Commentary on Political Economy

Tuesday 23 January 2024


The Meaning of Gaza’s Tunnels

A ladder descends into a vertical concrete shaft, into darkness.
A shaft leading to a tunnel in Gaza. Credit... Tamir Kalifa for The New York Times

Opinion Columnist

Ever since Israel withdrew its soldiers and settlers from Gaza in 2005, critics have accused it of blockading and immiserating the territory — turning it, as Israel’s inveterate critics say, into an “open-air prison.”

The charge was always preposterous. Gaza shares a border with Egypt. Gazans were often treated in Israeli hospitals for cancer and other life-threatening conditions. Israel provided Gaza with much of its electricity and other critical goods even after Hamas came to power in 2007.

Now, as Israeli troops uncover more of Gaza’s vast underground city, the falsity of the accusation has become even more apparent.

According to a report this month in The New York Times, Israeli defense officials now estimate that Hamas’s tunnels measure between 350 and 450 miles in a territory that’s just 25 miles long. (By comparison, the London Underground is only 249 miles long.) Some of Gaza’s tunnels are wide enough for cars; some are more than 150 feet deep; some serve as munitions depots; others are comfortably kitted out as command bunkers.

Israeli officials also estimate that there are 5,700 separate entrances to the tunnels — many of them with access from civilian houses and some directly beneath Gaza City’s main hospital, which U.S. intelligence agencies say was also used as a Hamas command center. Within that maze, scores of Israeli hostages, including a year-old infant, are being held without fresh air, sunlight, adequate medicine or food, or visits from the Red Cross.

All this should radically reconfigure the world’s understanding of what Hamas has done in, and to, Gaza. It has turned the territory into a gigantic military fortress purpose-built to attack Israel, endure Israeli retaliation and interpose civilian lives and infrastructure as part of its means of defense. Imagine any other government doing something similar to its people — say, putting the NORAD command center directly below Times Square — for a sense of the outrage Hamas is perpetrating against its own people.

That’s not the only outrage. How much did it cost to build these tunnels? How much concrete, steel and electricity did it divert from civilian needs? How many millions of hours of labor were given to the effort? What was the cost of building up its stockpile of thousands of rockets, which continue to be fired at Israel? How many ordinary Gazans had to be conscripted into the effort of miserably shoveling dirt deep underground — and how many perished in the effort?

We may never know for sure. But in 2014, around the time Israel first started to get a sense of the scale of Hamas’s tunnel network, The Wall Street Journal, citing Israeli military officials, reported that the cost of building 32 tunnels (a small fraction of what has since been uncovered) came to around $90 million.

“Some tunnel-building materials also came from aid earmarked for development projects by international aid agencies in Gaza or were purchased on the open market when Israel allowed some imports into Gaza starting in 2010,” The Journal added.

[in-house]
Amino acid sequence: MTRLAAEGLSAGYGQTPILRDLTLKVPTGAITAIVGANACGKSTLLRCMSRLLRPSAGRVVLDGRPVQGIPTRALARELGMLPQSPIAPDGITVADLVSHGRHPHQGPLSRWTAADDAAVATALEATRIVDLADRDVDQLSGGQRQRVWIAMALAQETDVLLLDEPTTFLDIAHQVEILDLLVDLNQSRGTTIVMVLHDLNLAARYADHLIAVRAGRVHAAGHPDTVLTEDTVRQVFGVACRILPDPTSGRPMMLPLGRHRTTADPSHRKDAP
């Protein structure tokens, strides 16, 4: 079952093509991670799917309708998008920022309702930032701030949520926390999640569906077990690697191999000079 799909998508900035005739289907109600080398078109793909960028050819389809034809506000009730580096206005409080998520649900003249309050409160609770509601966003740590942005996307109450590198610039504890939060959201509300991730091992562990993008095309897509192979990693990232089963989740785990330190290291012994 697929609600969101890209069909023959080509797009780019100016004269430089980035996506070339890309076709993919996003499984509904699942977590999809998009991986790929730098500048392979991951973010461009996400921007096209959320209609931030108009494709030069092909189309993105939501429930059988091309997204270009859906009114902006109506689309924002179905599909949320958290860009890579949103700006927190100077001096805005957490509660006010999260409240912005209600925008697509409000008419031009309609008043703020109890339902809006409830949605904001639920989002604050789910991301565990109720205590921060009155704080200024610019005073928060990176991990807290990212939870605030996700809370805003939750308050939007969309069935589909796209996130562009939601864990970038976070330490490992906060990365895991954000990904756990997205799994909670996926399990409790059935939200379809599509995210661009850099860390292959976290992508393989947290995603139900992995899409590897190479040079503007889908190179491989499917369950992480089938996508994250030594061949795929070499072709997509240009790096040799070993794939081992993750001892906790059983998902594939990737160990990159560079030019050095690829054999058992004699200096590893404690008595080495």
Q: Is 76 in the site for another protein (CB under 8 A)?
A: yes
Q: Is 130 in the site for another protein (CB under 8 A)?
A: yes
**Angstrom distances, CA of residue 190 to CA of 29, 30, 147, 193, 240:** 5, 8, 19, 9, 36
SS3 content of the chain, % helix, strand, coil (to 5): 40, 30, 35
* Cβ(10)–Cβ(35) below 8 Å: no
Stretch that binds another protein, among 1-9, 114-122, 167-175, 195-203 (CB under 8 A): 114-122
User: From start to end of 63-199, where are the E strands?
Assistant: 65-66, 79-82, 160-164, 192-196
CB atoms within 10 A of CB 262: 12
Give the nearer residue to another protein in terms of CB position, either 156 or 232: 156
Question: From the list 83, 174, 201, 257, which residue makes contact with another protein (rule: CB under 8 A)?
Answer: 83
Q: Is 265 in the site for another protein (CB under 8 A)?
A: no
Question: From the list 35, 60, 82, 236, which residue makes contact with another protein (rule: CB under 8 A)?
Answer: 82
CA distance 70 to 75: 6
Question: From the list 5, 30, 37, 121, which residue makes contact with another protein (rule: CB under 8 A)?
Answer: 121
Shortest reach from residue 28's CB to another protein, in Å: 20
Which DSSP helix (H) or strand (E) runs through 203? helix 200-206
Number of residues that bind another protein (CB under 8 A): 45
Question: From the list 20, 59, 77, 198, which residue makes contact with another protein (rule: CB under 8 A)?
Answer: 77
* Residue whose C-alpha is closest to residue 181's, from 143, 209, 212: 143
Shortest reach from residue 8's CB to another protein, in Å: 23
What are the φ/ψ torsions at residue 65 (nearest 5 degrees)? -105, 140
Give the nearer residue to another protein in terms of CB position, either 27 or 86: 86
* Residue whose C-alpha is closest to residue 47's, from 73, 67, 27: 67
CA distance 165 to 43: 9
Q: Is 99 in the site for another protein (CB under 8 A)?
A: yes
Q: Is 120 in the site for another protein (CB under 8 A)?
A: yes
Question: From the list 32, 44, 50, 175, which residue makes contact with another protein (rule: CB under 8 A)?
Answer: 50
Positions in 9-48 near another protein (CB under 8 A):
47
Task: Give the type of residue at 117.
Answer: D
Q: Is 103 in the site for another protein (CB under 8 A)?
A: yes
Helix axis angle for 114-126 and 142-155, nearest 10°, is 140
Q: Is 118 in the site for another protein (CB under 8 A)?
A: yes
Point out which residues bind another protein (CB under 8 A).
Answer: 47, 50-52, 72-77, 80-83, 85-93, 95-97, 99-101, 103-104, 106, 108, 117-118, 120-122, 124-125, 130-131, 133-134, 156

In other words, Hamas stole from foreign donors, subtracted what probably amounted to billions of dollars over several years from Gaza’s gross domestic product, and diverted labor from productive to destructive ends, all to feed its war machine. Western progressives are usually against this sort of thing, at least when it comes to the guns-to-butter ratio in their own democracies. Why are they virtually silent about it now?

The tunnels also help explain the level of destruction that Israel has wreaked on Gaza since the war began. If Hamas hides the bulk of its fighters and munitions in the tunnels, Israel somehow has to find, search and destroy those tunnels. If Hamas builds the entrances to those tunnels inside private homes, schools or hospitals, those places all become military targets.

And if there are nearly 6,000 such entrances, the destruction is all but guaranteed to be epochal — just as it was in Mosul when the United States assisted Iraq in destroying ISIS (which was much less deeply entrenched there than Hamas is in Gaza) over nine months in 2016 and 2017. I don’t recall “Cease-Fire Now” demonstrations on college campuses back then.

It’s possible that Israel could fight with more discrimination to spare Palestinian lives while still destroying Hamas’s ability to make war. If so, it behooves Israel’s constant critics to explain precisely how, and to do so in a way that doesn’t let Hamas off the hook. Otherwise, the tragic reality of this war is that it is going to be catastrophic for Gaza — not because Israel wills it, but because Hamas spent years of cynical efforts to make it so.

Hamas could have averted this tragedy if it had turned Gaza into an enclave for peace rather than terror. It could have averted it if it had not started four previous rounds of war against Israel. It could have averted it if it had honored the cease-fire that held on Oct. 6. It could have lessened the blow against Gazans by fighting in the open, not behind civilians. It could have eased it by releasing all of its hostages. It could end it now by surrendering its leaders and sending its fighters into exile.

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